The New York Times on Curating: On the Tip of Creative Tongues, Part Two

by Art Fag City on October 6, 2009 · 5 comments Events

POST BY PADDY JOHNSON
verge gallery
Verge Gallery, Sacramento, CA

Stores curate, bloggers curate, websites curate: The New York Times’ Alex Williams writes a feature on the use of the word. “Curate is code for ‘I have a discerning eye and great taste,’” Williams tells us, adding, “Or more to the point, ‘I belong.’” Williams makes a great point, though he quotes no bloggers on the subject, surprisingly. Although there’s likely more than one thread that lead to the popularity of the term, as early as 2004 I, along with many others, was using the term curator to prop up a position looked down upon by a large number of print publishers. Whether or not it’s true, the fact that blogging is so mainstream now that most major publications host multiple blogs, suggests not only an appropriateness but effectiveness to a term not likely to have gone unnoticed. Today, even the biggest bloggers describe themselves as such. Boing Boing blogger and TV producer Xeni Jardin’s Twitter account biography provides a typical example: “Curator of Internet Esoterica, Anomalies, and Curiosities.”

But not everyone appreciates the increased popularity of the term curate, particularly not those in the art world. Earlier this week, Artnet linked to the piece over Twitter, snidely tweeting, “The word curate loses all relevance.” Though they likely meant “authority,” I was a little surprised to find myself agreeing with their response. After all, it wasn’t so long ago that I was excited to apply the title to what I did. But that title simply added more job responsibilities to an already unmanagable list. Independent bloggers aren’t just writers. They’re web strategists, business developers, PR specialists, ad managers, and curators. Those of us who only want to be writing increasingly find ourselves with an array of professional tasks requiring expertise outside the field we’re best at.

All this is to say that while I don’t mind being a blogger, the difference between a writer and a curator in the fine art world is disparate enough that I don’t want to claim that second title. Sure, I’m not bad at combing the web for links and sorting through exhibition listings, but I don’t have the time to research artists in the way curators would, I don’t possess their freakishly encyclopedic memory of artists and exhibitions, and I don’t naturally draw thematic connections from everything I see. And I’m fine with that. I have a different set of talents, and as long as I don’t call myself a curator, I’m not expected to do as the curators. Certainly, I don’t have to see more shows in a week than critic Jerry Saltz (who claims roughly 40), and most curators do. There’s simply no way for a blogger to keep up with that kind of volume.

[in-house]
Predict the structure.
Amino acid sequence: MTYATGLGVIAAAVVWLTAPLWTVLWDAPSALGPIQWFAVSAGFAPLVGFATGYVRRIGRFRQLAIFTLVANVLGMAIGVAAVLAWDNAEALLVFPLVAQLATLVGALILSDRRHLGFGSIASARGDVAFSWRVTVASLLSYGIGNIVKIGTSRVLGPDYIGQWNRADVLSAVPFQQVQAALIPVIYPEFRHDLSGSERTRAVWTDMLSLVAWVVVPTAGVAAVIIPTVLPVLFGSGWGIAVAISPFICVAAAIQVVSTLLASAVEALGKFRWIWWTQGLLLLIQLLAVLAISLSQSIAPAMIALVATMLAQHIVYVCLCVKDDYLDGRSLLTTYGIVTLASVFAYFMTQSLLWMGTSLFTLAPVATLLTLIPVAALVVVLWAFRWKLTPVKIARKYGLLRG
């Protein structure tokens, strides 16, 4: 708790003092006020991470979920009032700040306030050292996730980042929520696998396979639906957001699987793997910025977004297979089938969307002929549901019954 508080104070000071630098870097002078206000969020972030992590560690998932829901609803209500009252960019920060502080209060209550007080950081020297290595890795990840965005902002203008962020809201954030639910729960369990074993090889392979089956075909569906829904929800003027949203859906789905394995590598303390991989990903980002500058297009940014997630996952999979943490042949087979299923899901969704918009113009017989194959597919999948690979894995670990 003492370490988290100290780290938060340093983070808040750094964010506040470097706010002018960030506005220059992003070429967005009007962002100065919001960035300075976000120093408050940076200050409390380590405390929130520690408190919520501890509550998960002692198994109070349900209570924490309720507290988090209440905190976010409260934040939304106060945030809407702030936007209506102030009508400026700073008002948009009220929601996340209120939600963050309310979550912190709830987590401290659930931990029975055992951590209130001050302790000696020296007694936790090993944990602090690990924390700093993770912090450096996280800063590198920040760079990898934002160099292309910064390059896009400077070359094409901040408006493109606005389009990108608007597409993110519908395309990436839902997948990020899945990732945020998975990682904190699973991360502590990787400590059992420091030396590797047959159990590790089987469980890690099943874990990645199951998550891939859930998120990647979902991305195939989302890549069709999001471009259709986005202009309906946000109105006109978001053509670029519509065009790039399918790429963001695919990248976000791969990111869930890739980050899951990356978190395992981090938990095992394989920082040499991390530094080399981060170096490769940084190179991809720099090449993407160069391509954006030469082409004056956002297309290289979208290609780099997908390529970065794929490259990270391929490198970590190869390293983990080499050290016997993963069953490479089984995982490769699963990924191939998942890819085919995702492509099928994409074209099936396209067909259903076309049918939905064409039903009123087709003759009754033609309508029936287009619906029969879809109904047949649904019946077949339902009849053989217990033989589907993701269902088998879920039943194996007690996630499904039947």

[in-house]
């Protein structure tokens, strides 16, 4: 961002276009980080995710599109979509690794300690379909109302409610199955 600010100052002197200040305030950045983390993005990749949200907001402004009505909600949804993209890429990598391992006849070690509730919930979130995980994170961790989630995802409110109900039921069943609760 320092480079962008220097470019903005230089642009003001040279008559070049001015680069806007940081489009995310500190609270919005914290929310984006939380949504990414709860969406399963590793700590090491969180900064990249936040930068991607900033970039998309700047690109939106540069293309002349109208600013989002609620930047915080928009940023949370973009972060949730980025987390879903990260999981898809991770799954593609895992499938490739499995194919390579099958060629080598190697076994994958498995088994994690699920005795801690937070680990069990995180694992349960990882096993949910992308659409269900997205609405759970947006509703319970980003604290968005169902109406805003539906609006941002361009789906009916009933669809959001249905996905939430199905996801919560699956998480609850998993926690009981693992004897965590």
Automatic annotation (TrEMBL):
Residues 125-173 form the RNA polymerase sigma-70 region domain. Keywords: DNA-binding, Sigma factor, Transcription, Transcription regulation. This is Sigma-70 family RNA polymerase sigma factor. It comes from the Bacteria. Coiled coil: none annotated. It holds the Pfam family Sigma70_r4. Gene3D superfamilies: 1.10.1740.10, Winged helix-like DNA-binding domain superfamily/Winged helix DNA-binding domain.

Given that this is the case, I’m surprised more fine art blogs don’t partner with curators. Rhizome.org and VVork probably present the most well known models of this kind, but there are relatively few examples outside of this. Art Fag City’s Associate Editor Karen Archey has a background in curating, providing the blog with this expertise, and it is through her initiative that we’ll be collaborating with other curators next season. At present, Archey not only spearheads projects such as our fall preview and more recently the artists showcased in our masthead, but is overseeing an exhibition tentatively titled The New Romantics to launch this winter in Sacramento’s Verge Gallery. The hope is that through this partnering of Art Fag City’s web expertise with that of other art world professionals, the content on and offline provided to readers will be that much better. And in my case, I’m fairly certain that’s not going to come through claiming I’m a curator.

  • JQ

    See also Maria Lind’s article in the new artforum on The Curatorial.

  • JQ

    See also Maria Lind’s article in the new artforum on The Curatorial.

  • JQ

    See also Maria Lind’s article in the new artforum on The Curatorial.

  • Sean Capone

    That’s how I feel about a lot of art, as well. The field of what constitutes certain practices has become so expanded and accomodating, to the point where the term loses its meaning. Perhaps that’s just the multiplicity of contemporary life. Ever noticed how few people these days can simply answer the question, “What do you do for a living?”

  • Sean Capone

    That’s how I feel about a lot of art, as well. The field of what constitutes certain practices has become so expanded and accomodating, to the point where the term loses its meaning. Perhaps that’s just the multiplicity of contemporary life. Ever noticed how few people these days can simply answer the question, “What do you do for a living?”

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